St Petersburg Philharmonic Perform Stunning All-Russian Programme

04/04/2012

United KingdomUnited Kingdom Prokofiev, Tchaikovsky, Shostakovich: Dmitri Alexeev (piano), St. Petersburg Philharmonic,Yuri Temirkanov (conductor), Bridgewater Hall, Manchester, 1.4.2012 (MC)

Prokofiev: Symphony No.1 in D major ‘Classical’ (1917)
Tchaikovsky: Piano Concerto No.1 in B-flat minor (1875 rev. 1888)
Shostakovich: Symphony No.5 in D minor (1937)

Yuri Temirkanov Photo:IMG Artists

There is absolutely no reason why a top Russian orchestra cannot provide great performances of say Elgar, Debussy or Copland. But there is something undoubtedly special about a Russian orchestra playing Russian music. Here in Manchester we had the St. Petersburg Philharmonic under Yuri Temirkanov playing a popular all-Russian programme of Prokofiev, Tchaikovsky and Shostakovich. As Russia’s oldest symphonic ensemble this music is at the core of the orchestra’s sound and style of performance flowing through their veins like lifeblood.

Prokofiev had only graduated from the St. Petersburg Conservatory some three years before finishing his ‘Classical’ Symphony a work he finally completed after the February Revolution of 1917. Rather than use a more compact classical size orchestra for the ‘Classical’ Symphony Temirkanov conducted big-band Prokofiev that provided impressive orchestral colouring. Apart from a rather leaden opening movement the playing was sharp and incisive full of wittiness and style. So silvery smooth the entry of the high strings in the Larghetto was absolutely majestic. I loved the spikily playful Finale with Temirkanov achieving a union of spirit and affection.

Dmitri Alexeev’s playing of Tchaikovsky’s First Piano Concerto was a revelation. This warhorse of the repertoire is as crowd pleasing today as it has been since Hans von Bülow successfully introduced the score in 1875 in Boston, USA. Conveying complete assurance from the opening bars Alexeev made the score sound freshly minted, radiant and emotionally affecting. Although not the most stylish of pianists around, Alexeev with technical brilliance provided a mesmerising display of precision and power with eruptions of ultra romantic storm. After the first piano solo the entry of the massed strings provide a glowing sound so hauntingly tender. The amount of aching passion that Alexeev and Temirkanov generated in the final movement was near heart stopping.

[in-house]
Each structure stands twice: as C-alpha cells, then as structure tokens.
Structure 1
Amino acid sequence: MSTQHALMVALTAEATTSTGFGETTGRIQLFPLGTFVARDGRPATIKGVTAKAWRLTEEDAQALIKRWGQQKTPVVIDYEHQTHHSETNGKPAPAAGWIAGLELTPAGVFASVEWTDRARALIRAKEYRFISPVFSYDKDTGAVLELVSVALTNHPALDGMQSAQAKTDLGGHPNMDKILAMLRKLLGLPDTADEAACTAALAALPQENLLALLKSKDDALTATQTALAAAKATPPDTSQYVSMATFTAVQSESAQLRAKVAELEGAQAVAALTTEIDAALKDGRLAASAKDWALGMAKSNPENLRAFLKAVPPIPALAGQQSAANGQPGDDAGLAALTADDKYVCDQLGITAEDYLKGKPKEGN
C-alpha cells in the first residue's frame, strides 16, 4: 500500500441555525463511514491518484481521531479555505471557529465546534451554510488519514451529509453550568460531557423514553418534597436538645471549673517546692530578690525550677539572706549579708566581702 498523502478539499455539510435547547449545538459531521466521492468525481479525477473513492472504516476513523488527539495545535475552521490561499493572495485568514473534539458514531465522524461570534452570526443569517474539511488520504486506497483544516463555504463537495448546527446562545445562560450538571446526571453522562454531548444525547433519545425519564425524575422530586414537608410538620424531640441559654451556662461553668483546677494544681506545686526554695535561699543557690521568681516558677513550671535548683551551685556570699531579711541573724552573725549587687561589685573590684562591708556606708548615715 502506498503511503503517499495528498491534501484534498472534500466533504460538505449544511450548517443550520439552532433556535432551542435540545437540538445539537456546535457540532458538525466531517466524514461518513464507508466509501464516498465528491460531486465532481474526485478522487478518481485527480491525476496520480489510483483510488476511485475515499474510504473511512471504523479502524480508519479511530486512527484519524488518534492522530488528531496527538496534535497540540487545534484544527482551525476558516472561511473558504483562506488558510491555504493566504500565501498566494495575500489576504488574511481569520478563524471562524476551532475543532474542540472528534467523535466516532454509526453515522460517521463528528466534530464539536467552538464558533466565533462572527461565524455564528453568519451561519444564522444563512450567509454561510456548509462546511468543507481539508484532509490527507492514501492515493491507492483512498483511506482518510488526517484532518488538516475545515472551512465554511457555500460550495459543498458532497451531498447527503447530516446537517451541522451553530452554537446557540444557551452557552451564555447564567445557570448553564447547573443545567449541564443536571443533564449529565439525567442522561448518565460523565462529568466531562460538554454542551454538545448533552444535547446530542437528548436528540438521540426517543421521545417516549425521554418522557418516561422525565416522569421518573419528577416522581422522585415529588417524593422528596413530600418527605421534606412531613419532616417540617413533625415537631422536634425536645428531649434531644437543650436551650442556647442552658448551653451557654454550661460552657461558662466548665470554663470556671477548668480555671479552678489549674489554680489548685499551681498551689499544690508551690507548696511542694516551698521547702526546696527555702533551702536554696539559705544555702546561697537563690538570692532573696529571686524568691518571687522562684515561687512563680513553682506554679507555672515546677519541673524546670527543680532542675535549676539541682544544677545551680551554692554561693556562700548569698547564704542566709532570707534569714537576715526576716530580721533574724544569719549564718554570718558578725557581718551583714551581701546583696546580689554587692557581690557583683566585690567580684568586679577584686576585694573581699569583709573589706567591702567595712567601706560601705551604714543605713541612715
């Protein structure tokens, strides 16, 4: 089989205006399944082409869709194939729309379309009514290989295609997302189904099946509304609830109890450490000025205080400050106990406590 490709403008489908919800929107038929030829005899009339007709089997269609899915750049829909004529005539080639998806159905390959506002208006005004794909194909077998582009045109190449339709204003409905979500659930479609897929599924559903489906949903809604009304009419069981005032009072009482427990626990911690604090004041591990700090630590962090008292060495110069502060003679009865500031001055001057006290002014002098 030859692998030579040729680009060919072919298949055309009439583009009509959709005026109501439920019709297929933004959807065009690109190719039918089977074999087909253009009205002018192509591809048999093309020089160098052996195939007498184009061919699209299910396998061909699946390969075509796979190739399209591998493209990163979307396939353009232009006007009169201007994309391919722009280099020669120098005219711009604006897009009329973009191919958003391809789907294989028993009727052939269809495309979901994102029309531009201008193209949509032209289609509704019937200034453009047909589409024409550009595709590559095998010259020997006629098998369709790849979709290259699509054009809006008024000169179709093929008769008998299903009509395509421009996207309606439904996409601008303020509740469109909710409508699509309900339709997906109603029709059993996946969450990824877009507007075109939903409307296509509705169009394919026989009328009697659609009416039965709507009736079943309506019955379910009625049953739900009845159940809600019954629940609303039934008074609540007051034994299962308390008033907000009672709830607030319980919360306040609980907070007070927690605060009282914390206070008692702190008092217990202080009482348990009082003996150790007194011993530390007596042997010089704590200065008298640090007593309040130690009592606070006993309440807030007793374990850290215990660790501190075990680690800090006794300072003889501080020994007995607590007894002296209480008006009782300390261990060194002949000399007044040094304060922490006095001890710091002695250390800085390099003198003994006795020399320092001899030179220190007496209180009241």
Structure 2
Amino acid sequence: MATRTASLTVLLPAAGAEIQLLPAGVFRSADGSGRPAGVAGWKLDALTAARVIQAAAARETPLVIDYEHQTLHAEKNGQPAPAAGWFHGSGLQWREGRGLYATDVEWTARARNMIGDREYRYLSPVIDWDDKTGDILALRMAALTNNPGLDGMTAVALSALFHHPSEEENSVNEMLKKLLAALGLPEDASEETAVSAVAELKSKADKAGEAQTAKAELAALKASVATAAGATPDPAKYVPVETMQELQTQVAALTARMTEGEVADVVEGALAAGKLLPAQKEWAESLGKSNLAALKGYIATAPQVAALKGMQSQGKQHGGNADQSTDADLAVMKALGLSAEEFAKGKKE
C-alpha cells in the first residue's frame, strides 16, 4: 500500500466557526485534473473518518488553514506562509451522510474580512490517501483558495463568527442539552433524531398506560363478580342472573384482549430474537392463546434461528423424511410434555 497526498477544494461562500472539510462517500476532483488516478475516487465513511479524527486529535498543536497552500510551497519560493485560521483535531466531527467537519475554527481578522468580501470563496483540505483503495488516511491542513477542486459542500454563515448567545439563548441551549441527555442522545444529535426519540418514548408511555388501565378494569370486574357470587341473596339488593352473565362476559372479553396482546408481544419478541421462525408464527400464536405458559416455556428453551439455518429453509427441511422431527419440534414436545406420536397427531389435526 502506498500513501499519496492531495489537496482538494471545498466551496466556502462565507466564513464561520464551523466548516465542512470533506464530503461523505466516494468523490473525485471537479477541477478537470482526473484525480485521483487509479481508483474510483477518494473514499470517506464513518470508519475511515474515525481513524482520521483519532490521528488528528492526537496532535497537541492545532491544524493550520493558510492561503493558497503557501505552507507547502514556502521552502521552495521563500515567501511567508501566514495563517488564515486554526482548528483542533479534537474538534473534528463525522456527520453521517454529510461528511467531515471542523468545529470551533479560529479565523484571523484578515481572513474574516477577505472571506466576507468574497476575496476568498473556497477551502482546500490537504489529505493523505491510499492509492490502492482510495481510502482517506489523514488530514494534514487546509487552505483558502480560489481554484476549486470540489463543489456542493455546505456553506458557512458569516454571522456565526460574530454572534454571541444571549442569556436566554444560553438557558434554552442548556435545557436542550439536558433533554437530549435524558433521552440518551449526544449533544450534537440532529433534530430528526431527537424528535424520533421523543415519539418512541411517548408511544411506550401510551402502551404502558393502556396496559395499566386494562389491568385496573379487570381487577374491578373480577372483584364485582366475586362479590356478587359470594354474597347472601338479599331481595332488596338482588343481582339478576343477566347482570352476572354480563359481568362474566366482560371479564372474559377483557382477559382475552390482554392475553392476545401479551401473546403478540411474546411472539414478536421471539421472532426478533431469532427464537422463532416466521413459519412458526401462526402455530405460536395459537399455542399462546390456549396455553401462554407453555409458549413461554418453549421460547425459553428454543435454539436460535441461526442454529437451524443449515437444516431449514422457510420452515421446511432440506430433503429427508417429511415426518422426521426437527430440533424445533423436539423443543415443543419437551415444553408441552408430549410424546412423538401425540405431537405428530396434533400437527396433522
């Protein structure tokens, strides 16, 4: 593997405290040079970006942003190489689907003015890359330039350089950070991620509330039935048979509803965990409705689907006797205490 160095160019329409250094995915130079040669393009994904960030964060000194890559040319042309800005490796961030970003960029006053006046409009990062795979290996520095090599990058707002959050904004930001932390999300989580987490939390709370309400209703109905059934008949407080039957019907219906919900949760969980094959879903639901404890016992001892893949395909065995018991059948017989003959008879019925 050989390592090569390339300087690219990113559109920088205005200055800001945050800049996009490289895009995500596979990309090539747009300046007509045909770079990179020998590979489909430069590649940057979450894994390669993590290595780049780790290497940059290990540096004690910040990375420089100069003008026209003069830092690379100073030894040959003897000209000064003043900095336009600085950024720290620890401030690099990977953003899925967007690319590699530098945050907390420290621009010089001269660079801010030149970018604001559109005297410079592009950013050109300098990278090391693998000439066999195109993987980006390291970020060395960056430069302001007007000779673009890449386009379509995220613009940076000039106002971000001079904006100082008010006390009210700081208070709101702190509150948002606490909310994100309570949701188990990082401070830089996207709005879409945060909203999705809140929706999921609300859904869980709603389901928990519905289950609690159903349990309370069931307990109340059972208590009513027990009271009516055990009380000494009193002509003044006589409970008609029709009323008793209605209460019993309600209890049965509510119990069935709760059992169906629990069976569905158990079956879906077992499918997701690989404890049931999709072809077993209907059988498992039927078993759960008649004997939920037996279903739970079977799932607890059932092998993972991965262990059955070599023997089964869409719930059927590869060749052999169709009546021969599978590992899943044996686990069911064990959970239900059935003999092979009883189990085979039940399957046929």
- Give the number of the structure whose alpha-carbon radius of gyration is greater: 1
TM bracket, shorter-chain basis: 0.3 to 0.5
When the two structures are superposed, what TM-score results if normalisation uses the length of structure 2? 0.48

After being denounced by the Soviet state as an enemy of the people for writing degenerate music in particular his opera Lady Macbeth of Mzensk Shostakovich described his Fifth Symphony as “An artist’s creative response to just criticism.”

A work shrouded in political intrigue Shostakovich wrote the score at a time for him of extreme personal fear and torment. This starkly enigmatic score proclaims a sardonic triumphalism and patriotism with unsettling, menacing undercurrents. It was actually the St. Petersburg Philharmonic Orchestra, then known as the Leningrad Philharmonic Orchestra, that premièred the Fifth Symphony in 1937. Temirkanov the orchestra’s artistic director and chief conductor knows this score inside out and produced a splendidly paced reading of piercing clarity. This was the first time that I had experienced a conductor that could develop such an elevated degree of unimaginable tension and hold it so firmly in his grasp. In the opening Moderato one could almost imagine the scene of a bleak and hostile landscape laid to waste. With the mighty rasping brass adding to the angst the movement ended on a cliff-hanging note. I was struck by the cellos and basses in the Allegretto a demonic waltz that sounded like a thousand strong marching army. Affecting and sinister Temirkanov built the tension in the Largo to a sense of ineffable anguish that felt like the potent energy of a volcano about to explode. Led by the brass and percussion the shattering opening of the finale evoked a mass breakout of the cultural and politically imprisoned Soviet people. With a savagely raw edge to their playing Temirkanov created a chilling climax and how the audience cheered this stunning Russian orchestra.

Michael Cookson

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